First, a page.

Pleased as punch to be reviewing new novelist Susan Thatcher's first release, These Foolish Things, today. I've been promising her a review for weeks and weeks and FINALLY here it is! I hope you will feel free to leave a comment for me or Susan at the bottom of the blog post because we LOVE to hear from you! And if you haven't already, please subscribe to my blog to be notified of future reviews and features (over here →). Thank you as always for visiting.
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Meet Elizabeth Gardner. She’s given up on being anything but a single woman who plays a supporting role in the lives of those around her. Fate, however, has a different plan for her. During a softball game, handsome, successful Tyrone Hadley literally runs into her and a stealthy kiss opens a world of new possibilities to her. What might have been “happily ever after” in most stories is just the beginning. Is love strong enough to survive?
Well, it's certainly nice to read a book containing characters I'd actually want to know in person if they were real. Not particularly because I have anything in common with them (they are softball-playing attorneys...WAY beyond my social, economic or athletic aspirations in life), but because they are smart. And they've accomplished something in their lives. And they listen to good music. And they are productive members of society who do charitable things. And...the pièce de résistance...THEY AREN'T 20 YEAR OLDS.
Ah. How refreshing. A love story about people who might actually know what the hell it is when they finally find it!
With the exception of the beginning of the story, which I personally found a little dry only because I'm not a sports person so the description of the softball game wasn't of much interest to me (take that with a grain of salt though, because it's still well-written), I found myself continuously interested in the story and characters. I particularly enjoyed the witty banter between not just our hero and heroine (Ty and Liz), but also between the secondary characters. It's obvious the author is smart as a whip and she wrote all her characters as such as well (including Beanie the Cat, who obviously can't speak but is still loaded with personality). When I was in my early 20's voraciously reading historical romances, it was always the snappy dialogue that sucked me in - to the point that I'd get to the first sex scene and flip through it without even reading it cuz I wanted to get to more dialogue. That was how I felt reading These Foolish Things. So kudos there.
Speaking of sex (since I am an erotica writer, I should probably bring it up), it's very discreet in this book, but I felt the characters were developed enough for it not to be a glaringly obvious omission. Because the author knows what she's doing, it felt perfectly suited to the story. In fact, I'm not sure I'd have enjoyed it as much if there had been extensively written sex scenes. Less is more in this case.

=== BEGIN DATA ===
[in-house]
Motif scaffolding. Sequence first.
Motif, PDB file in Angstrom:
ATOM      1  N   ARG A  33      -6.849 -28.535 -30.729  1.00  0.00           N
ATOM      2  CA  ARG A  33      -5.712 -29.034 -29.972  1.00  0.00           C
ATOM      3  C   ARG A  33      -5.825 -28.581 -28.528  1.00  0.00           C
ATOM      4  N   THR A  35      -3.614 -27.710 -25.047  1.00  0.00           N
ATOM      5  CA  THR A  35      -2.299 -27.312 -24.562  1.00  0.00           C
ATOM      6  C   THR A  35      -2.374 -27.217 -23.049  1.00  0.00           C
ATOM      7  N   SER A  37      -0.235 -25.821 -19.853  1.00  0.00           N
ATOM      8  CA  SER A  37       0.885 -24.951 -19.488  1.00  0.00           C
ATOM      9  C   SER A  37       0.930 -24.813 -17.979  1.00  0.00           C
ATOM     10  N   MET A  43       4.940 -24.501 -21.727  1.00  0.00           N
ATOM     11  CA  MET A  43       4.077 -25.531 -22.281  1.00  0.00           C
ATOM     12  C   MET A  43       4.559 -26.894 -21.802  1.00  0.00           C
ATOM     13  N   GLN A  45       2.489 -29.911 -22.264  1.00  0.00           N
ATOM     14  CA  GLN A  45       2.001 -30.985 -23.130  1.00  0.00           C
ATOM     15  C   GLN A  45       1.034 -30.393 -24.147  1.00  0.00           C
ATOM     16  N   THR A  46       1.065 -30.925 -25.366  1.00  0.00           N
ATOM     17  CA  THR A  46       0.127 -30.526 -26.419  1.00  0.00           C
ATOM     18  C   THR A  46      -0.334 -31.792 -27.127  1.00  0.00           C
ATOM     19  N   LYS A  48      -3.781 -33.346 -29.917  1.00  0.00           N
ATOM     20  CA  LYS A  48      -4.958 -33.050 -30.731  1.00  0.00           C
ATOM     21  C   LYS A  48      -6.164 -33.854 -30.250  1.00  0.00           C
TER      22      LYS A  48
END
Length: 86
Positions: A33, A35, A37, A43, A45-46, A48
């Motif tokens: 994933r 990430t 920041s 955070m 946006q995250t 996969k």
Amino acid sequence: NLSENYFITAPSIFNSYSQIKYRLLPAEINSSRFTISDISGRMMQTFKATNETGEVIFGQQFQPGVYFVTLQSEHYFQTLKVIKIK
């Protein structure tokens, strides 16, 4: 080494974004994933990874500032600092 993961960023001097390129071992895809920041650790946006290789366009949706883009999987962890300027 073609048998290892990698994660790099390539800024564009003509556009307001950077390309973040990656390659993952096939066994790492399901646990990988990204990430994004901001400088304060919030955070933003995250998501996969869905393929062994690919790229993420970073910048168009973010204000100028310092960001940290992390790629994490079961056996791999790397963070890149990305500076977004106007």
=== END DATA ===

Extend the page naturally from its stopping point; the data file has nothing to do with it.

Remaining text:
I think it's safe to say that the general formula of a romance novel is as follows:
1) Boy meets girl
2) Boy and girl fall in love
3) Boy loses girl
4) Boy gets girl back
I am not entirely sure I am in love with the "boy gets girl back" part of the story because, without giving anything away, it just felt way too quick and easy for Ty. I felt he should've had to work harder. But a) sometimes humans are flat out STUPID when we want someone back so badly that we can taste it (that is reality, whether we want to admit to it or not) and b) I know a sequel is forthcoming and I suspect more shenanigans will ensue before Liz and Ty get their true HEA anyway.
As an aside...YAY, NO CLIFFHANGER!!! This is a stand alone read, which I VERY much appreciated.
I'm also gonna give Ms. Thatcher a lil bit o' shite about how Liz and Ty end up on their first date. It's really quite outrageous and would never in a million bazillion years happen in real life. HOWEVER...I will give her that she wrote it in such a way that I was able to suspend my disbelief just enough to carry on with the story. She covered her bases (heyo! see what I did there? softball reference, snap!) - and her arse - rather well, I'd say.
That said though, overall this is one of the better contemporary romance novels I've read lately and I highly recommend it.
Rating: Four and a half smooches! (out of 5)
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Meet The Author
Susan Thatcher was born in New Hampshire and raised in Vermont, graduating from the University of Vermont (including a stint in Salisbury, South Australia as an exchange student starting in January 1982; she hates winter that much). She contributed occasional articles to UVM’s newspaper, the Vermont Cynic. Susan has also contributed to Morning Edition on NPR (they read her letter on the air.), the Boca Raton News and www.dognewsteam.com, a news parody website. Susan also earned a Juris Doctor from Franklin Pierce Law Center.
She presently lives in Southern California because the climate and topography suit her. And she is writing more material.